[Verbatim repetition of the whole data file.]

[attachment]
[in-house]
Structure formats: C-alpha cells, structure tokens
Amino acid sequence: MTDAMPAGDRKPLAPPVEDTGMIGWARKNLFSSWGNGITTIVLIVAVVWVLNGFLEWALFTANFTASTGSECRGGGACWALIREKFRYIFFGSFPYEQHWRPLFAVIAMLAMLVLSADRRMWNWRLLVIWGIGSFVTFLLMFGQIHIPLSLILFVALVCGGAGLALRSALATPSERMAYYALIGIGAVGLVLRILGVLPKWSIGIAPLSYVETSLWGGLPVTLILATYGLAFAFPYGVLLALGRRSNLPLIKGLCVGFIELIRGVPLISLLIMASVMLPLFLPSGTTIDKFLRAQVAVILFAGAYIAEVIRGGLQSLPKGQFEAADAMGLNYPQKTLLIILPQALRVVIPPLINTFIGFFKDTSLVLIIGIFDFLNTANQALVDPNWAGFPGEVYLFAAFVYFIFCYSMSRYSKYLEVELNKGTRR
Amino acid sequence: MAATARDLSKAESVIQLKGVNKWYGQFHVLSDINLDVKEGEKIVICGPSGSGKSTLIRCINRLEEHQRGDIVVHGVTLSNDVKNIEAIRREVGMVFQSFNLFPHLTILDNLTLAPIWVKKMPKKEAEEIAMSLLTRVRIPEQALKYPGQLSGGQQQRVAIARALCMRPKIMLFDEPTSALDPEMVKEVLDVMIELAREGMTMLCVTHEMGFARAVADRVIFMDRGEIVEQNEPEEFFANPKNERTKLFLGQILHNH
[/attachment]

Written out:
[in-house]
Structure formats: C-alpha cells, structure tokens
Amino acid sequence: MTDAMPAGDRKPLAPPVEDTGMIGWARKNLFSSWGNGITTIVLIVAVVWVLNGFLEWALFTANFTASTGSECRGGGACWALIREKFRYIFFGSFPYEQHWRPLFAVIAMLAMLVLSADRRMWNWRLLVIWGIGSFVTFLLMFGQIHIPLSLILFVALVCGGAGLALRSALATPSERMAYYALIGIGAVGLVLRILGVLPKWSIGIAPLSYVETSLWGGLPVTLILATYGLAFAFPYGVLLALGRRSNLPLIKGLCVGFIELIRGVPLISLLIMASVMLPLFLPSGTTIDKFLRAQVAVILFAGAYIAEVIRGGLQSLPKGQFEAADAMGLNYPQKTLLIILPQALRVVIPPLINTFIGFFKDTSLVLIIGIFDFLNTANQALVDPNWAGFPGEVYLFAAFVYFIFCYSMSRYSKYLEVELNKGTRR
Amino acid sequence: MAATARDLSKAESVIQLKGVNKWYGQFHVLSDINLDVKEGEKIVICGPSGSGKSTLIRCINRLEEHQRGDIVVHGVTLSNDVKNIEAIRREVGMVFQSFNLFPHLTILDNLTLAPIWVKKMPKKEAEEIAMSLLTRVRIPEQALKYPGQLSGGQQQRVAIARALCMRPKIMLFDEPTSALDPEMVKEVLDVMIELAREGMTMLCVTHEMGFARAVADRVIFMDRGEIVEQNEPEEFFANPKNERTKLFLGQILHNH